THE FISHMARKET, NORTHERN QUARTER 7.19AM
On New Year’s Eve in 2014 I hadn’t even thought of Not Quite Light, I still had some vague notion of starting a personal project. Like most people I had little idea what the following twelve months would contain, and I’m wise enough to distill my sense of the new year into a simple, manageable equation of hope and fear.
It felt symbolically important to me to get up for the last dawn of 2015 but, as I made my way towards the Northern Quarter, I didn’t really have a sense of what it was that I would photograph. I just used my experience to accept that something would happen, and that by the time the lights had gone out, something would exist in the world that currently didn’t. I was reduced to the hope that something would happen, because it nearly always did when I put myself into a situation where it could, but also still fearful that it might not.
I considered that maybe other people going to work on this day were also feeling hope and fear as they completed another 365 days of being alive. What causes us to get up and carry on each day if it isn’t the hope that something good will happen, or that we’ll simply make it through to another night?
With this in mind I set off down towards the bus station at Shudehill, where there would be life. On the way there I passed the fishmarket in the Northern Quarter, and the entrance gate was unusually open. I stepped inside. The courtyard was lit with patterns of light, and the Victorian gates, surviving between the modern apartment buildings on the far side, let through a fiery orange glow, as if to another world. Silvered tree branches jerked into the dark space like they’d stuck their tips into an electric socket.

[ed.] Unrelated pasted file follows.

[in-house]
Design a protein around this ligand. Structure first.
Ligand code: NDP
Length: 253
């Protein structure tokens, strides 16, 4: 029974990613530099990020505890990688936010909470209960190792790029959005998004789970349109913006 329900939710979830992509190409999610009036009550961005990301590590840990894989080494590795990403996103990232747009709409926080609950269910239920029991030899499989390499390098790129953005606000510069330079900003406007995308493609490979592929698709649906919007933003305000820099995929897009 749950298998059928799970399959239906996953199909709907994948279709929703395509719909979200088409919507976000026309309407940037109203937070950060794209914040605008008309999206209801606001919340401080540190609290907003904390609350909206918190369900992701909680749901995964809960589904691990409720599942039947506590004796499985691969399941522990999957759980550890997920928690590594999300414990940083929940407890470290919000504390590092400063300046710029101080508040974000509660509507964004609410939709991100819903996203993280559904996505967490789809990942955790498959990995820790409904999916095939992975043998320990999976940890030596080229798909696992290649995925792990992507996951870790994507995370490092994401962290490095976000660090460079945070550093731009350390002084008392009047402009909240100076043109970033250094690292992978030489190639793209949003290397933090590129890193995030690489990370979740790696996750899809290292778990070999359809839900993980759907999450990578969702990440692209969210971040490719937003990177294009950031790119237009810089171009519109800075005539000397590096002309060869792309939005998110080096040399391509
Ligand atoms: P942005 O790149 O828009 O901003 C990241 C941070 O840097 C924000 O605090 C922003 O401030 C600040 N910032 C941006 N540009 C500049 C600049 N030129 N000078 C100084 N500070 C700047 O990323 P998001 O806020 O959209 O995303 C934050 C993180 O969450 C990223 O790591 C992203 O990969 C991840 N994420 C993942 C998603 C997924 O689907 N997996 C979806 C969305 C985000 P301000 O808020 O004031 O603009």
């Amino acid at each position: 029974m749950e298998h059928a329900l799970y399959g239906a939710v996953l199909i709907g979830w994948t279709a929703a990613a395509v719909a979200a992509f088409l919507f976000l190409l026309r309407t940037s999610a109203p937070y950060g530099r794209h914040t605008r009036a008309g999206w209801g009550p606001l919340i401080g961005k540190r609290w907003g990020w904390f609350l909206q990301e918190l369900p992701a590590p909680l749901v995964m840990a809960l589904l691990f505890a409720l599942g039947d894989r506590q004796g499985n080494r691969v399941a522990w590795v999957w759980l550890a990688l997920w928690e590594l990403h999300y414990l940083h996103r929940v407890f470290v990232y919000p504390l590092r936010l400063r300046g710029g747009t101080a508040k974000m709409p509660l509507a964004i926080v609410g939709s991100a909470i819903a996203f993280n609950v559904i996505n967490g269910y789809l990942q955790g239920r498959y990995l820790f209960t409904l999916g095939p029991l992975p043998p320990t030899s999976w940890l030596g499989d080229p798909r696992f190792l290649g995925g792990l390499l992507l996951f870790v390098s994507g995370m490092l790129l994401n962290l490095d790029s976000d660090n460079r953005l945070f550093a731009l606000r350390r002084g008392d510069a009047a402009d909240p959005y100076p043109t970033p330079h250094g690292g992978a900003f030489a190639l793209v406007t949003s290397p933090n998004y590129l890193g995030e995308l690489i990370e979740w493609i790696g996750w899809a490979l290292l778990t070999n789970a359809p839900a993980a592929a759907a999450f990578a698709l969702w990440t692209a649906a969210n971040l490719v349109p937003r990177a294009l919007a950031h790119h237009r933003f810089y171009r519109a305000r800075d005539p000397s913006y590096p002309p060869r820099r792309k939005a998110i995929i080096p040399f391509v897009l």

I placed my tripod down in this unexpected scene and, just as I did, a man stepped perfectly into the far edge of my picture, as if directed onto a film. He stood still with his phone and fag long enough for me to click the shutter several times before he and I moved on.
I continued on to my original destination and placed myself on a traffic island, just in front of the bus station, looking back at the layers of non-matching architecture that constitutes the city centre. A tall, thin, black man with long, awkward teeth sidled up to me. His hood covered a frayed baseball cap, and his chicken legs were covered by skinny, grey jeans.
“What you camcording?” he asked. I told him that I liked the old buildings set against the new. “Yeah man, it’s nice,” he continued. “You should get the buses too, always get the buses. And then, do you know what you should do?”
I didn’t know.
“You should frame the pictures and send them off. You might get an album. I’m born in Manchester and lived here all my life, so I’m not bullshitting you.”
I asked him his name. “It’s Levi, and I’m a rapper and an MC. I had an album deal but it wasn’t worth it.”
“What do you want from 2016, Levi?” I asked.
“To carry on rapping. It’s my dream, and I’ve got to try for my dreams. Always. Stay cool man”
He shoved his hands into his hoodie pockets. I assumed much of what he’d said was a fantasy, but then where is the divide between hope and fantasy? I watched him turn to go, and he waved without looking back as he walked away, possibly on his way to Brigadoon. A tram honked it’s unearthly warning and jolted me back to my camera, and the final dawn of the year.
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